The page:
Sugar bloc leaders buck SRA abolition

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A SUGAR FARM worker in Negros Occidental. (Courtesy of deddeda.photoshelter.com)

BACOLOD City – Sugar industry leaders expressed surprise and opposed plans by Pres. Rodrigo Duterte to abolish the Sugar Regulatory Administration (SRA).

In statement sent to media outfits on Sept. 11, 2017, lawyer Emilio Yulo, spokesman of the Sugar Alliance of the Philippines, said “the proposed abolition of the SRA will have an effect on the sugar industry, especially now that milling season has just started.”

“Over five million people are directly and indirectly dependent on the sugar industry from Luzon, Visayas and Mindanao and we are confident the administration will see merit in the continuance of the agency that has for so long served and protected the interest of the industry from threats of sugar smuggling and challenges of globalization,” Yulo said.

“This year has been equally challenging for the industry and some we’ve surpassed because of the support we got from the President. We acknowledge that there are kinks we need to resolve and that can, and will happen with everyone’s cooperation. But at the end of the day, it is the prerogative of the president as chief executive and we will respect and abide with his decision.”

Enrique Rojas, president of the National Federation of Sugar Planters, said in a separate statement that “for more than 30 years, SRA has proven itself as a government agency which protects the interests of consumers and promotes the welfare of sugar producers.”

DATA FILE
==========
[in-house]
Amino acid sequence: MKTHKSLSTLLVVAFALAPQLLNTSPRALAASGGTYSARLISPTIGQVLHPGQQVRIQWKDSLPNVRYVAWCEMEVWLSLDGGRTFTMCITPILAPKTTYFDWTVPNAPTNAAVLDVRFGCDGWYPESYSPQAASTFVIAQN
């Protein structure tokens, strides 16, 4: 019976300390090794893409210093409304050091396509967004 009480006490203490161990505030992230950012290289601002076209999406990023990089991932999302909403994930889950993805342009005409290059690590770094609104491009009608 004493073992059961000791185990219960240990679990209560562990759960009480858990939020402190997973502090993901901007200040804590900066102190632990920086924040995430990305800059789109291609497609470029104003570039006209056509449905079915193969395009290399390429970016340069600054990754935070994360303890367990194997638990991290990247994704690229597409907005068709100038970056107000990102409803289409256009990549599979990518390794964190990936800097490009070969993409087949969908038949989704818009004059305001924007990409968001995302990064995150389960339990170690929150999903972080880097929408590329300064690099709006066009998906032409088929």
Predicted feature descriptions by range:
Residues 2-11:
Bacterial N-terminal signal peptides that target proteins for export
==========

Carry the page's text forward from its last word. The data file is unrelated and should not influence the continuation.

“If the President is not satisfied with the performance of the immediate past administrator, it is not the fault of the entire agency. We suggest that, if the SRA leadership has committed any wrongdoing, the President should let the axe fall where it may, but he should spare the whole organization,” Rojas said.

“We hope that the President will reconsider his statement and allow SRA to continue, particularly now that the sugar industry is facing a multitude of problems,” he added.

Former Negros Occidental governor and SRA chief Rafael Coscolluela said that the abolition of the SRA “will create a lot of uncertainty.”

“Until things clear up, we won’t know what kind of policy environment we will have to deal with. That’s not a good way to start the new milling season. Personally, I think an outright abolition of SRA at this time is too drastic and untimely. The alleged corruption can be addressed in other ways. For example, an allegedly corrupt DILG Secretary didn’t warrant shutting down the whole agency. That applies to other ‘corrupt’ agencies as well,” Coscolluela said.

“So why the harsh move against the SRA? Industry leaders may find it useful to ask the President to reconsider the move and, if it’s truly warranted, to study an orderly transition to something that is demonstrably better. In the meantime, the industry is advised to brace itself. We’re in for more difficult times than we anticipated.”

Agriculture Secretary Emmanuel Pinol is set to visit Negros Occidental on Oct. 28 to meet with sugar industry stakeholders to conduct consultations on the relevance of SRA.



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